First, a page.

Aldi launches packaging-free refillable trial

Aldi has today (14 April) launched its first trial of packaging-free products, with a variety of rice and pasta on offer as part of a new refillable service.

If successful, the trial could be rolled out to other stores

If successful, the trial could be rolled out to other stores

Aldi has launched the refillable options for a selection of foods at one store in Ulverston, Cumbria. Customers can purchase basmati rice, brown rice, penne pasta and wholewheat fusilli loose in store, with free FSC-certified paper bags available for use.

If successful, the trial could be expanded to other stores in the future. Aldi estimates that refillable options could remove more than 130 tonnes of plastics annually from its stores.

Aldi’s plastics and packaging director Richard Gorman said: “Customers at our Ulverston store can now buy the same high-quality items they know and love, while also cutting down on plastic packaging.

“We’re always looking for new ways to reduce waste plastic and limit packaging, as many of our shoppers are increasingly conscious of the environment and their impact on it. We hope local customers embrace the trial and we will use their feedback to inform any future plans around refillable products.”

Last year, Aldi pledged to halve the volume of plastic packaging it uses annually by 2025. The new commitment will see 2.2 billion pieces of plastic removed from the supermarket’s product lines over the next five years, most of which will be single-use. This is equivalent to 74,000 tonnes in weight.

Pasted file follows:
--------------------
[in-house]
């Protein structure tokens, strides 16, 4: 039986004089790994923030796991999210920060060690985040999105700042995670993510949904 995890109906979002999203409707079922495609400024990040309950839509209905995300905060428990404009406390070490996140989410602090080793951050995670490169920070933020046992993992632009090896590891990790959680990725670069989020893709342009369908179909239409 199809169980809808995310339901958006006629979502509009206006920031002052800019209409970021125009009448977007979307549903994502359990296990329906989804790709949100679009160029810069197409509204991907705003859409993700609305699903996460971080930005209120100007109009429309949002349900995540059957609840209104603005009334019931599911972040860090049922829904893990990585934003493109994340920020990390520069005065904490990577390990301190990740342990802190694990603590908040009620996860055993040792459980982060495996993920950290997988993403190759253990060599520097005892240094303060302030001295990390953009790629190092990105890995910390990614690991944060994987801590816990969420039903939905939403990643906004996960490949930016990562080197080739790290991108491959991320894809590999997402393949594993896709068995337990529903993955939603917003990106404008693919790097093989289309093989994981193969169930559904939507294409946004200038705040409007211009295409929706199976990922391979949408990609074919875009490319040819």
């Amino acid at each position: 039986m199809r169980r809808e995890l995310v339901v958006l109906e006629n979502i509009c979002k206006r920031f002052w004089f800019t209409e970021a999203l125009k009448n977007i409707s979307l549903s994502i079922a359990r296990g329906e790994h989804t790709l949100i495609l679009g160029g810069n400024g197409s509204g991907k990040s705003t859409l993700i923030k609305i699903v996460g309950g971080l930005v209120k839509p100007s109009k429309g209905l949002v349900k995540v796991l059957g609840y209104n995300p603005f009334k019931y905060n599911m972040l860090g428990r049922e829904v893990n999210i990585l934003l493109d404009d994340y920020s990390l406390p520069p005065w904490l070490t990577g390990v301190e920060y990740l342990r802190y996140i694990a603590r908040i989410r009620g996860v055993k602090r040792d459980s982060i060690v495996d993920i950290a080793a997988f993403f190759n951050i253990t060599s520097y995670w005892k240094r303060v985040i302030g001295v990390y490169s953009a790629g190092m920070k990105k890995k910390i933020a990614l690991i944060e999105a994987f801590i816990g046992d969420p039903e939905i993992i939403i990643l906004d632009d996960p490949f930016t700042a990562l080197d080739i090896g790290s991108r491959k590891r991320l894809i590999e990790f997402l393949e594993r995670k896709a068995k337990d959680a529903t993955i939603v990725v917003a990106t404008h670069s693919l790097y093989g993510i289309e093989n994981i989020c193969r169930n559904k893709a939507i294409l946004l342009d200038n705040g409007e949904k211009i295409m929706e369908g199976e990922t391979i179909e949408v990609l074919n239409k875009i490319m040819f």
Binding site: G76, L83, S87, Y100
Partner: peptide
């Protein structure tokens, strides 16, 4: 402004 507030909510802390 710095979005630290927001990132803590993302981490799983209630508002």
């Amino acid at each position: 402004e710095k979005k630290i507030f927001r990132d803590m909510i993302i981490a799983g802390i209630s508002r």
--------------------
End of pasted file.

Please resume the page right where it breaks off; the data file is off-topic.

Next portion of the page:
Plastic wrapping on toilet rolls, for example, are being replaced with a paper alternative, and double lids will be removed from cream and yoghurts.

Aldi UK is continuing its phase-out of plastic trays on steak lines, replacing them with cardboard alternatives.

Since launching its updated plastics strategy in 2018, Aldi has removed more than 6,000 tonnes of plastic packaging from products, including flexible sleeves on multipack tinsexpanded polystyrene pizza bases and fruit and vegetable multipacks. The new target aims to accelerate this progress and builds on a previous commitment to reduce plastic packaging volumes by 25% by 2023.

Refill revolution

Aldi is the latest supermarket to trial packaging-free products.

Earlier this year, Waitrose extended its trial of packaging-free, refillable products. The retail giant, a subsidiary of the John Lewis Partnership, first began trialling its ‘Waitrose Unpacked’ offering in 2019 at its Botley Road store in Oxford. Customers were encouraged to bring their own reusable containers for dozens of loose products including coffee, wine, beer, pasta, grains, cereals, laundry detergent, washing-up liquid and frozen fruit.

This format proved so popular that it was added to additional stores before the initial trial finished. It was found to reduce single-use packaging by 98%.

Elsewhere, Marks & Spencer (M&S) extended its packaging-free refill offering for dried and ambient products such as coffee and pulses this month, following a successful trial.`

More broadly, retailers including Tesco in the UK and Carrefour in France are planning to bring TerraCycle's refillable Loop model, backed by businesses like Danone and Unilever, to stores.

Matt Mace



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